I’m only interested in long term relationships with my clients and any of my clients have been working with me for three or four years. Because they understand the value that I’m providing. They can see that they’re putting a dollar in, they’re pulling the lever and they’re getting three or four dollars out. And let’s face it, once you’re in that position, why would they go anywhere else?

Okay, providing assistance. This is one that I kind of touched on already to some extent. But you’ve gotta be really careful. This comes back to protecting your time and focusing on what you should be doing. And trying to stay right away from shit that you shouldn’t be doing. Because I get all sorts of silly requests. I got an email the other day from a client, “John, I think I’ve got a virus on my computer. What should I do?” I mean, I could’ve spent fucking an hour on the phone with that client. That’s not … I’m here to help you get customers and do SEO. I’m not IT support.

So you need to be very careful of where you draw the line. Yes, if it’s something that I can jump in and get done in two minutes, then I’ll do it. Even still two minutes, five times a day adds up. 10 minutes to get to the end of the week. Fuck, I’ve wasted three hours this month mucking around doing all this other nonsense. So provide assistance, keep it within reason. You don’t want to be telling your clients to get lost, if it’s something that you can jump in and get done quickly.

But make sure you stay aware of it, because you can waste an enormous amount of time. When you’ve got 20 clients all yelling at you, “Help, help, help” it’s never a good thing. And let’s face it, you don’t want to have an end of month strategy call and have a client say, “Oh John, it was quiet this month. We didn’t get many calls.” Well no doubt because I spent all my time fucking around, changing photos on your website.

So that’s what you need to be mindful of. And this comes back to his accessibility. Making sure that clients understand we’ve got dedicated time here to have a chat, end of month strategy calls. I’ve worked with clients that want to call me five, six times a day and it’s a fucking nightmare. Probably one of the worst clients I ever dealt with was calling me probably once every two hours, and I ended up getting rid of him. We didn’t even finish the first month.

So, don’t put up with any of that sort of nonsense. Just remind clients, be firm but fair. Say, “Listen, you can either pay me $200 an hour to talk about doing this or I can just get it done. It’s going to cost you the same amount of money either the way.” Usually when you word it like that, it puts a stop to it. Just be clear with clients and say, “Look, I’m here to help, but I can’t be fucking on the phone all day long, helping you with all this other stuff. It’s not what I’ve been hired to do.”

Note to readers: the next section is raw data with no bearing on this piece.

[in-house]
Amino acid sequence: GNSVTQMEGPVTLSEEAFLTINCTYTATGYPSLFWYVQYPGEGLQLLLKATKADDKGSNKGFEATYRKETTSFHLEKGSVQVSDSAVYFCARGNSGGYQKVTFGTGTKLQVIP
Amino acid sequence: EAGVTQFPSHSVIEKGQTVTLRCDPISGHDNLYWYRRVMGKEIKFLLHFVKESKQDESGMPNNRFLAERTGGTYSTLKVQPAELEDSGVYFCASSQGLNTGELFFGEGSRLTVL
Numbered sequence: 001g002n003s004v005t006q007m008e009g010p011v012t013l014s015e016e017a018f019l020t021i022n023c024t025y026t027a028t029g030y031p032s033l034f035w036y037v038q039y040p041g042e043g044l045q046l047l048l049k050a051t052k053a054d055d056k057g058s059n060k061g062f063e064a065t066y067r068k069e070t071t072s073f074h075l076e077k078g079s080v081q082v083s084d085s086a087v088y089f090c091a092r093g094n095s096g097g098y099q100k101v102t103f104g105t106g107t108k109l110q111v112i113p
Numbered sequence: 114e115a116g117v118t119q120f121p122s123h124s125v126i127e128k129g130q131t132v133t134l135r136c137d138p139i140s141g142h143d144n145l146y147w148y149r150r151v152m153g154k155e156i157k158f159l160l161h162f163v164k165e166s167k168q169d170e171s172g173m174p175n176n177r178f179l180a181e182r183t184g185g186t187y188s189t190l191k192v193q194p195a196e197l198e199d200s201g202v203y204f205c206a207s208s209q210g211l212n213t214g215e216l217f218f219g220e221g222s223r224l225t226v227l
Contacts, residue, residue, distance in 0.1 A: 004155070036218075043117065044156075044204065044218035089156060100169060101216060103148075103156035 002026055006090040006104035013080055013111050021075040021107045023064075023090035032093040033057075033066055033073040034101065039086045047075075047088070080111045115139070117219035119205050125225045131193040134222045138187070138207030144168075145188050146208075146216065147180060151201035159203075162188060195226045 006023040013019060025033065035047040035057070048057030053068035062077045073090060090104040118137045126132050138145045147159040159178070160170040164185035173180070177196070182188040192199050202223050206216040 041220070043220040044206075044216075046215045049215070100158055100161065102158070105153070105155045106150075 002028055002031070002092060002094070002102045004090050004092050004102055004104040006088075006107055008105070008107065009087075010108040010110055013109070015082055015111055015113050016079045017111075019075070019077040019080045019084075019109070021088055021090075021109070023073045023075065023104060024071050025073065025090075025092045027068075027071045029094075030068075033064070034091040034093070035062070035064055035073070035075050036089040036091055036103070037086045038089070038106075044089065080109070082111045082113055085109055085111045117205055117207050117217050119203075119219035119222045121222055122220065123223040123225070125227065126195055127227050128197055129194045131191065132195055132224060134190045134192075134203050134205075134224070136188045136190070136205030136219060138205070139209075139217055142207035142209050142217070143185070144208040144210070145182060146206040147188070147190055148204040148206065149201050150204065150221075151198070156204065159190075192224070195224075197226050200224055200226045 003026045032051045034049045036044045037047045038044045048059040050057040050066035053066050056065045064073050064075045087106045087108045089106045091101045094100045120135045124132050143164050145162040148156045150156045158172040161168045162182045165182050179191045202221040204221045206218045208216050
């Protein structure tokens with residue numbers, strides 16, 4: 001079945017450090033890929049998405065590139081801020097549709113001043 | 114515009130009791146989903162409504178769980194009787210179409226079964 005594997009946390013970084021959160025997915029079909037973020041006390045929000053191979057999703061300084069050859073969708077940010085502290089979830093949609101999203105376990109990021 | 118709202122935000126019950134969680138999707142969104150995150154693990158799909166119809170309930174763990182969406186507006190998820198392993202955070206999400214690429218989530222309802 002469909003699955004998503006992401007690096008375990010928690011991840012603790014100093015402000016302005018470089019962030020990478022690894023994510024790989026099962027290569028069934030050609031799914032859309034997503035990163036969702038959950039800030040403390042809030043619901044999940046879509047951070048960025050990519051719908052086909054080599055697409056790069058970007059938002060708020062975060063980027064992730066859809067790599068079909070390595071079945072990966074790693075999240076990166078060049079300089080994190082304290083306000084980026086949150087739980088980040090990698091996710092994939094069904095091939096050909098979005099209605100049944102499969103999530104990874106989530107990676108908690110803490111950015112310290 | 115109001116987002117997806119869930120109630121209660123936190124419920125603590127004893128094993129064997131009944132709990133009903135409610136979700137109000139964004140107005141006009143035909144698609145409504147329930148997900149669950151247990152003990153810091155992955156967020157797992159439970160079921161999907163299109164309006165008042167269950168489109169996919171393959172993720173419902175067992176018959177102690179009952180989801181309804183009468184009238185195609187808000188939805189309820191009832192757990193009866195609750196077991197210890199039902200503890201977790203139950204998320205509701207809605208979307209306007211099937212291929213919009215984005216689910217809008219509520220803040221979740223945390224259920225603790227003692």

Okay, keeping clients informed. This is a big one. Because as I said earlier, a lot of the time you’ll be dealing with clients that have been with other SEO agencies and they always say, and I hear this all the time, “Oh John, we paid them $800 a month.” And I always ask them, “What were they doing for that?” “Oh, we’ve got no idea. We never used to hear from him.”

So keeping clients informed is very important. And again, that doesn’t mean you’ve got to jump on the phone and call them every afternoon and say, “This is what I’ve done and this is where things are at.” Remember you have end of month strategy calls for those, which we’ll get into shortly. But keeping clients informed is a great way to keep clients on board.

They appreciate the fact that you get in touch, even if there’s a problem. Just letting you know, a quick email, just letting you know that we’ve got that sorted. I do like to check in with clients, where I feel like they might be getting a little bit twitchy. I’ll just send a quick update in an email. “I’m just letting you know that we’re looking at this plugin, there seems to be a problem. I’ll keep you updated.”